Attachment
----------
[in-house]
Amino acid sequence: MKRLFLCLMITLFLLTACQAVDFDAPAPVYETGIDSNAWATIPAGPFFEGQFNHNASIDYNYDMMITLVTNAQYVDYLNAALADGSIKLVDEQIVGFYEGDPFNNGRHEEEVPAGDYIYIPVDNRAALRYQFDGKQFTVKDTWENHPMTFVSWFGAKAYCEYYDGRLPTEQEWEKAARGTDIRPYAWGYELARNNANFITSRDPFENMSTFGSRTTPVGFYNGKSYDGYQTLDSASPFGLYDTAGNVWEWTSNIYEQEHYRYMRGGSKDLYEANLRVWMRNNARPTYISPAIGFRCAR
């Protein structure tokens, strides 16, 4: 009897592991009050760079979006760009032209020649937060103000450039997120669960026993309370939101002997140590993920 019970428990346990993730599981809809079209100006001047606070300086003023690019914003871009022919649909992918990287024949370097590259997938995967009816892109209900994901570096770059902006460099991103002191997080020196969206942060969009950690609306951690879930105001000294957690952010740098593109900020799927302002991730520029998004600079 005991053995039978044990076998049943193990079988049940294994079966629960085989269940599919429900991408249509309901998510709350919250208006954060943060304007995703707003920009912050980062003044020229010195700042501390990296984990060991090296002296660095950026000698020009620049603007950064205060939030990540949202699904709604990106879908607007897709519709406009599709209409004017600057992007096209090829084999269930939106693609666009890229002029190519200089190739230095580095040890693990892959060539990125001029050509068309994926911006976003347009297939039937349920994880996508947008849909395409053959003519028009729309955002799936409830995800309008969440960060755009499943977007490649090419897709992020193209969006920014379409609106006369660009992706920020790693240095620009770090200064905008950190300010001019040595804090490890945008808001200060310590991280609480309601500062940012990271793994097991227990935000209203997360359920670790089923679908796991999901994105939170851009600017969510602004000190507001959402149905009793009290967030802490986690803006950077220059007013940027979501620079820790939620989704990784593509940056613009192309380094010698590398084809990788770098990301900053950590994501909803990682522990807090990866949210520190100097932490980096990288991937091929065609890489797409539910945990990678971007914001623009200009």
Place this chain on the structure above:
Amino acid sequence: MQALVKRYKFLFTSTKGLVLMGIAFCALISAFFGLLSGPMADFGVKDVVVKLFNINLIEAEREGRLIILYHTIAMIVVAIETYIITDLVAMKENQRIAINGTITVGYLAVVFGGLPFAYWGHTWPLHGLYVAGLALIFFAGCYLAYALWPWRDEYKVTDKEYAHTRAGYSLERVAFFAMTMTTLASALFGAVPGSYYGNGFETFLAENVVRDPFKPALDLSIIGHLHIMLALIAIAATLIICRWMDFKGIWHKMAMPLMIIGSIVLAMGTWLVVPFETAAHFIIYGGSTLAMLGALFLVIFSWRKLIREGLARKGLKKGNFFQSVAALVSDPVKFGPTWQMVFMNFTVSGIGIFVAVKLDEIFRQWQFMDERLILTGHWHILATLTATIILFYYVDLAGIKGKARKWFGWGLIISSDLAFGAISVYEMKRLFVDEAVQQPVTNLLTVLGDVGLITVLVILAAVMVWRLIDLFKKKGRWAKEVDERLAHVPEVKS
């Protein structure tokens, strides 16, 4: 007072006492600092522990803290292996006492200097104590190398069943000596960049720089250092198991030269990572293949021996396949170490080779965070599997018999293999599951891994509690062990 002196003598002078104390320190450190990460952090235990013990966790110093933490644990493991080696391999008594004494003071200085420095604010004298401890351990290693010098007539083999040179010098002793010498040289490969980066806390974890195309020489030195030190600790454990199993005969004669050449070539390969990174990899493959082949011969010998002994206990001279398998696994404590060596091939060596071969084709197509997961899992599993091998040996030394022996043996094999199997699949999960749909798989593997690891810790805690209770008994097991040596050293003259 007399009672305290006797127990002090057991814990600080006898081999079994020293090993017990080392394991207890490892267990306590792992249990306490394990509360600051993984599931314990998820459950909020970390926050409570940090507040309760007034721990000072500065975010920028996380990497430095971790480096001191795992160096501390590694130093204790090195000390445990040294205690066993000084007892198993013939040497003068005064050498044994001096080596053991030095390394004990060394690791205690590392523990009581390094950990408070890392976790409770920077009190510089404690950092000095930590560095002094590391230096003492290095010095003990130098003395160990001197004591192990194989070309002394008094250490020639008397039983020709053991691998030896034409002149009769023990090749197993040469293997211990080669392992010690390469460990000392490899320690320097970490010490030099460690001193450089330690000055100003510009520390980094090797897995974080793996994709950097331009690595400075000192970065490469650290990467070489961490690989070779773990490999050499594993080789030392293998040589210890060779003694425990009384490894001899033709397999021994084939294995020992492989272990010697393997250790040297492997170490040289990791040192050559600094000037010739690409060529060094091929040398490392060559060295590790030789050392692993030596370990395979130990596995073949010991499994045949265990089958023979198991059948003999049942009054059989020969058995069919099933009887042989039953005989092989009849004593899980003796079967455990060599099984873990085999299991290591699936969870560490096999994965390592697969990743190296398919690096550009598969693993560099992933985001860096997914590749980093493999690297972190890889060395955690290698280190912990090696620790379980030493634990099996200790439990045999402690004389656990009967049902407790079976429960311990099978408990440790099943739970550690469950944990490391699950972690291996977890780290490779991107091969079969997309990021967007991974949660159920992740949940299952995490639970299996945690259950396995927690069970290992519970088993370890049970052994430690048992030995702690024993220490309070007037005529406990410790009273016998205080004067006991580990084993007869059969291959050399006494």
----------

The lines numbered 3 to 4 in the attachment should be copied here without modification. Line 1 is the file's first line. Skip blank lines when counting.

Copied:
């Protein structure tokens, strides 16, 4: 009897592991009050760079979006760009032209020649937060103000450039997120669960026993309370939101002997140590993920 019970428990346990993730599981809809079209100006001047606070300086003023690019914003871009022919649909992918990287024949370097590259997938995967009816892109209900994901570096770059902006460099991103002191997080020196969206942060969009950690609306951690879930105001000294957690952010740098593109900020799927302002991730520029998004600079 005991053995039978044990076998049943193990079988049940294994079966629960085989269940599919429900991408249509309901998510709350919250208006954060943060304007995703707003920009912050980062003044020229010195700042501390990296984990060991090296002296660095950026000698020009620049603007950064205060939030990540949202699904709604990106879908607007897709519709406009599709209409004017600057992007096209090829084999269930939106693609666009890229002029190519200089190739230095580095040890693990892959060539990125001029050509068309994926911006976003347009297939039937349920994880996508947008849909395409053959003519028009729309955002799936409830995800309008969440960060755009499943977007490649090419897709992020193209969006920014379409609106006369660009992706920020790693240095620009770090200064905008950190300010001019040595804090490890945008808001200060310590991280609480309601500062940012990271793994097991227990935000209203997360359920670790089923679908796991999901994105939170851009600017969510602004000190507001959402149905009793009290967030802490986690803006950077220059007013940027979501620079820790939620989704990784593509940056613009192309380094010698590398084809990788770098990301900053950590994501909803990682522990807090990866949210520190100097932490980096990288991937091929065609890489797409539910945990990678971007914001623009200009």
Place this chain on the structure above: